Ah, but we will always have the memories of this summer … I intend to make the most of them.
As I gather my boys near me and look at their sweet, unassuming faces, a part of me is in disbelief I am having to spout this same, tired monologue:
“I am only going to say this once and after that, I will not speak of this again. I will simply observe your behavior at lunch and the grocery store. If at any point I notice nonsense, when we return home you will lose all electronic and tv privileges for the rest of the day.”
At least there has been an evolution. Oh, I still get frustrated as all get out when they act crazy at the grocery store, but now I have a solid course of action if things go off the rails. This planning phase allows me to take a step back from attempting to control their behavior and puts the outcome of the day squarely on their shoulders.
They really are gifted at finding things to nitpick about and causing mayhem in general. Who drives the cart? Who runs over their brother? Who can’t find the hawaiian rolls even though their mom explicitly outlines their location? Who narrowly misses the darling, elderly woman perusing the dairy isle?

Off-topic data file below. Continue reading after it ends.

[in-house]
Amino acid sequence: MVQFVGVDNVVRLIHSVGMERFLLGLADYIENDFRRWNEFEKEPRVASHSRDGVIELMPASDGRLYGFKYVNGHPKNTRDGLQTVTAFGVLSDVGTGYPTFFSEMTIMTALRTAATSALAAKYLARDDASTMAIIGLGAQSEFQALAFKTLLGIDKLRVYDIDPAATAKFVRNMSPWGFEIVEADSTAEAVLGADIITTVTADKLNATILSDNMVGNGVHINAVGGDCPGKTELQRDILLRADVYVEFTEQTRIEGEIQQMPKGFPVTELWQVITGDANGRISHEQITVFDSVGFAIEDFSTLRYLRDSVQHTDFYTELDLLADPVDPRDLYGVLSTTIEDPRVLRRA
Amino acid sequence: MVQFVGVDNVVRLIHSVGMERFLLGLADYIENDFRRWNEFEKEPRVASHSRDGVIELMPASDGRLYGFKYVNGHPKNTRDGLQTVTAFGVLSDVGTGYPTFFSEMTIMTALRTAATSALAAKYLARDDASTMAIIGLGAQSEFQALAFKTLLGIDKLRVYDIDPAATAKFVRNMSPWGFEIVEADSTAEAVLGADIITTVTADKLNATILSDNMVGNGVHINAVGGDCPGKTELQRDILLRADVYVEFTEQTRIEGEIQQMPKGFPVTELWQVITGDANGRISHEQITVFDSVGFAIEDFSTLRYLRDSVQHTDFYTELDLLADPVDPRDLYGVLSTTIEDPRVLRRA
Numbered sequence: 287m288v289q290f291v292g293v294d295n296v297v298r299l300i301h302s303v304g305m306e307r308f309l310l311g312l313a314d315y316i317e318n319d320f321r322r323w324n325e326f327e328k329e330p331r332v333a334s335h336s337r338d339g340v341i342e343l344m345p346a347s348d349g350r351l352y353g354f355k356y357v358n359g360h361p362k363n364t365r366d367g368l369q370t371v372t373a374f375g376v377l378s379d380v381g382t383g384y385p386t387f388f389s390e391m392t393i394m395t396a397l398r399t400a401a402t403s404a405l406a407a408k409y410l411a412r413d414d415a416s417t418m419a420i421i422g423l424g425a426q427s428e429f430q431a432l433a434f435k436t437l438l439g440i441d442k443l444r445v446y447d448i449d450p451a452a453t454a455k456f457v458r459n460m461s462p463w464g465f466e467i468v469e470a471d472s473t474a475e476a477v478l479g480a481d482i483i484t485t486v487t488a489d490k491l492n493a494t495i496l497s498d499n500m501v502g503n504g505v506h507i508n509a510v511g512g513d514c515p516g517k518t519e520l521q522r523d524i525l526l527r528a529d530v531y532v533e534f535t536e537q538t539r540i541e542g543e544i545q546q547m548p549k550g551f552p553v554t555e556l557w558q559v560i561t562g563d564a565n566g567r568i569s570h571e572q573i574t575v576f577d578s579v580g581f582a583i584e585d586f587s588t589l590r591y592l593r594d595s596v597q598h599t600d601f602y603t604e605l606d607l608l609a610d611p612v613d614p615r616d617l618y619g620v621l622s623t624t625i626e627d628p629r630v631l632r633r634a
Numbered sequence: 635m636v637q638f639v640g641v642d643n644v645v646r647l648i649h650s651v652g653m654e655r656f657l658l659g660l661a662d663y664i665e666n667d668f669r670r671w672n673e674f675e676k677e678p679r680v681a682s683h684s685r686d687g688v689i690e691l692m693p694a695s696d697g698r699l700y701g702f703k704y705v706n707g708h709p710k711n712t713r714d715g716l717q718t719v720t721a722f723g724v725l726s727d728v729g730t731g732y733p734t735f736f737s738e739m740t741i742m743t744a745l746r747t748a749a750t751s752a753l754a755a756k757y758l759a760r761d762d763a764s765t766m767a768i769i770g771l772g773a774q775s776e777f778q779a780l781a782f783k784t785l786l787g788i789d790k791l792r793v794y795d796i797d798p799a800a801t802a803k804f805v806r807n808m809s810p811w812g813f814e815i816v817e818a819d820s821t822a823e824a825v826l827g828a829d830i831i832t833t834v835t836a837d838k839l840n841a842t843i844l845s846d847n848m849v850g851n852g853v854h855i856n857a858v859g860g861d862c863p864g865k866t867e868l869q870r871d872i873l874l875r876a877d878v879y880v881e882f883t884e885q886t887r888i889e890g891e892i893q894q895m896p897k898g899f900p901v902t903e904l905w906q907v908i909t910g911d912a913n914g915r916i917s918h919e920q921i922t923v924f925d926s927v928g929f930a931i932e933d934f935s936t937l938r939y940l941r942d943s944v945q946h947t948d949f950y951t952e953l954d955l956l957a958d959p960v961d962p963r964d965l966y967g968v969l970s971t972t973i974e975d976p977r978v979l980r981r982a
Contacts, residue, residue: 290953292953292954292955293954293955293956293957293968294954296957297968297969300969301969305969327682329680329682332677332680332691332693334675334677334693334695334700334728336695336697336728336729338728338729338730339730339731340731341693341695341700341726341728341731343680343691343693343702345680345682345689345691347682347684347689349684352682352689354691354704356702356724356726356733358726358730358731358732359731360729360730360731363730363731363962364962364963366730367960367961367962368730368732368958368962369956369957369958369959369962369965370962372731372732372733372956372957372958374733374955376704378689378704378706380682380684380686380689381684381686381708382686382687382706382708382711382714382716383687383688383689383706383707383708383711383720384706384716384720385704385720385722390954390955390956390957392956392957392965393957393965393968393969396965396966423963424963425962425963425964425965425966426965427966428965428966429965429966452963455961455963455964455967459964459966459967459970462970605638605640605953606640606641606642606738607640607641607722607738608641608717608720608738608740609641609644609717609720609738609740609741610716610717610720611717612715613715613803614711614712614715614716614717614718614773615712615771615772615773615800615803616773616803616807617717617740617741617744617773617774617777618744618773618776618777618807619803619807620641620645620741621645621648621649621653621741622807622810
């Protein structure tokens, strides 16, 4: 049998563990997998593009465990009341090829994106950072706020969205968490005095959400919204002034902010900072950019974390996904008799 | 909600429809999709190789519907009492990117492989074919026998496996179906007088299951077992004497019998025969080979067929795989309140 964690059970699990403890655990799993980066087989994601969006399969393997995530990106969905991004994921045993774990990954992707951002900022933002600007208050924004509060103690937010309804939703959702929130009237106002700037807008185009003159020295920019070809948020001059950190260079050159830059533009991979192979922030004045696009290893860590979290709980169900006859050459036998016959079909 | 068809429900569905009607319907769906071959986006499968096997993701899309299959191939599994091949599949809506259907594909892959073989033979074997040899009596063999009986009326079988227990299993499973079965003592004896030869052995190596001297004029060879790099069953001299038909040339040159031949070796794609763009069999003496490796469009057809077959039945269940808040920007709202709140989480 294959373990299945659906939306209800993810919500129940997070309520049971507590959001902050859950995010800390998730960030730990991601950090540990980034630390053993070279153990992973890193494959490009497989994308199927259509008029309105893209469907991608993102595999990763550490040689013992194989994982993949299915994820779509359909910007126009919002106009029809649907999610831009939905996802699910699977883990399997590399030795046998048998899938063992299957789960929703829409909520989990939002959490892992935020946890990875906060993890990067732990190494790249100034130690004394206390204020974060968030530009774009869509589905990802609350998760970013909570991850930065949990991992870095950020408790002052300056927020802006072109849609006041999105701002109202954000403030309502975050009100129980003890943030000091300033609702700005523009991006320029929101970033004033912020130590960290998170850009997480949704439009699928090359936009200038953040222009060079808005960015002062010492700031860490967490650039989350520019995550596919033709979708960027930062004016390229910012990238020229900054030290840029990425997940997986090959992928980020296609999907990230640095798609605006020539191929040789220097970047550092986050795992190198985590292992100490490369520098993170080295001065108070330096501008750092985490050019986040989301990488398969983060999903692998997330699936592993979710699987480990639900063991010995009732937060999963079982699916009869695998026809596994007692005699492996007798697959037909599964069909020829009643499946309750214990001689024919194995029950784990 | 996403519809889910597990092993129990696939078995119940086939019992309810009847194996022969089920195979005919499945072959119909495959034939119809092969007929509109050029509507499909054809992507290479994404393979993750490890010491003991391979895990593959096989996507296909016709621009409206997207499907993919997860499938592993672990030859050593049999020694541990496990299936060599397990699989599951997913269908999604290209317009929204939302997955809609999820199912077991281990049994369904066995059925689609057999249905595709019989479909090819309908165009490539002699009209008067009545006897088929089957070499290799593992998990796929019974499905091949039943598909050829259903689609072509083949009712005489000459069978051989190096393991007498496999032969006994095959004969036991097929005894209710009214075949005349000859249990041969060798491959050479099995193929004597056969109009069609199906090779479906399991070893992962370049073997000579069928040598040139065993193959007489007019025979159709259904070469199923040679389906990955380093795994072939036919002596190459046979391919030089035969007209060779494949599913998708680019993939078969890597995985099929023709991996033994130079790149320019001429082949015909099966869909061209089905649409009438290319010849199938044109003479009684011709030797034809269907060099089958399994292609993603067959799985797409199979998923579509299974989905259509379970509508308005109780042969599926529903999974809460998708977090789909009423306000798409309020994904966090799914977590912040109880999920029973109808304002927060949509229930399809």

Who? Who? Who?
Despite all this, we made it. At times, dare I say, my boys were helpful.
As we meandered to our car post-shopping, an argument ensued concerning the return of our grocery cart.
“You take it back,” said Full Speed.
“You take it back. I was in charge of pushing it in the store so you have to take it back,” said T.Puzzle.
“No, no. It’s the law of cart-a-nomics. Those that take it must give it back.”
Hey, while you’re at it T.Puzzle, take your brother with you.
Close enough I could feel the air shimmer over my skin as a lion sauntered past me. Less than a foot away I dug deep for courage as I sat exposed in an open-air Land Rover. His paws silent as marshmallow pillows, his movements sleek as a crocodile slicing through a murky riverbed.